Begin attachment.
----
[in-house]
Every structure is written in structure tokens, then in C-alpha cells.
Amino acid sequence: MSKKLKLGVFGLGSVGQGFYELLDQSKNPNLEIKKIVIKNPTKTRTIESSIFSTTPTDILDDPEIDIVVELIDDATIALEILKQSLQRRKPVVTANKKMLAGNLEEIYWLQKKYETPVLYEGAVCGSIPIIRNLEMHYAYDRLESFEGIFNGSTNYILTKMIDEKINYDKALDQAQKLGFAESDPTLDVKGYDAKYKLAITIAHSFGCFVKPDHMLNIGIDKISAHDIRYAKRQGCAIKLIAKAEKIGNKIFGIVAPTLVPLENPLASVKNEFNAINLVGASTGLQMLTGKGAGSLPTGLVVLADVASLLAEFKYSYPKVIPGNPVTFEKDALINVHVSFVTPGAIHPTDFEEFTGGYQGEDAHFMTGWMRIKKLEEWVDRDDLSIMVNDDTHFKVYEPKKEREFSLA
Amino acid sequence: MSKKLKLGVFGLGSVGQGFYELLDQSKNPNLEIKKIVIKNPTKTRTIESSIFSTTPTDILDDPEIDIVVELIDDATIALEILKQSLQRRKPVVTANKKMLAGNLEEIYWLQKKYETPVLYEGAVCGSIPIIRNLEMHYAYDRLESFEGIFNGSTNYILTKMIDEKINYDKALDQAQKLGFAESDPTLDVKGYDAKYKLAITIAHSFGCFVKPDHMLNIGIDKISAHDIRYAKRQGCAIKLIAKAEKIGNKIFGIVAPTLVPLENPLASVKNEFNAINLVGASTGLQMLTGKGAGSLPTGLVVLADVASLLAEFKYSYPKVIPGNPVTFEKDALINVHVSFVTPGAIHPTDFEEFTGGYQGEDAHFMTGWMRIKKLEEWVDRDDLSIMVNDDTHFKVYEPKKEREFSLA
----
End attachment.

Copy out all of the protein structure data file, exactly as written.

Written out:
[in-house]
Every structure is written in structure tokens, then in C-alpha cells.
Amino acid sequence: MSKKLKLGVFGLGSVGQGFYELLDQSKNPNLEIKKIVIKNPTKTRTIESSIFSTTPTDILDDPEIDIVVELIDDATIALEILKQSLQRRKPVVTANKKMLAGNLEEIYWLQKKYETPVLYEGAVCGSIPIIRNLEMHYAYDRLESFEGIFNGSTNYILTKMIDEKINYDKALDQAQKLGFAESDPTLDVKGYDAKYKLAITIAHSFGCFVKPDHMLNIGIDKISAHDIRYAKRQGCAIKLIAKAEKIGNKIFGIVAPTLVPLENPLASVKNEFNAINLVGASTGLQMLTGKGAGSLPTGLVVLADVASLLAEFKYSYPKVIPGNPVTFEKDALINVHVSFVTPGAIHPTDFEEFTGGYQGEDAHFMTGWMRIKKLEEWVDRDDLSIMVNDDTHFKVYEPKKEREFSLA
Amino acid sequence: MSKKLKLGVFGLGSVGQGFYELLDQSKNPNLEIKKIVIKNPTKTRTIESSIFSTTPTDILDDPEIDIVVELIDDATIALEILKQSLQRRKPVVTANKKMLAGNLEEIYWLQKKYETPVLYEGAVCGSIPIIRNLEMHYAYDRLESFEGIFNGSTNYILTKMIDEKINYDKALDQAQKLGFAESDPTLDVKGYDAKYKLAITIAHSFGCFVKPDHMLNIGIDKISAHDIRYAKRQGCAIKLIAKAEKIGNKIFGIVAPTLVPLENPLASVKNEFNAINLVGASTGLQMLTGKGAGSLPTGLVVLADVASLLAEFKYSYPKVIPGNPVTFEKDALINVHVSFVTPGAIHPTDFEEFTGGYQGEDAHFMTGWMRIKKLEEWVDRDDLSIMVNDDTHFKVYEPKKEREFSLA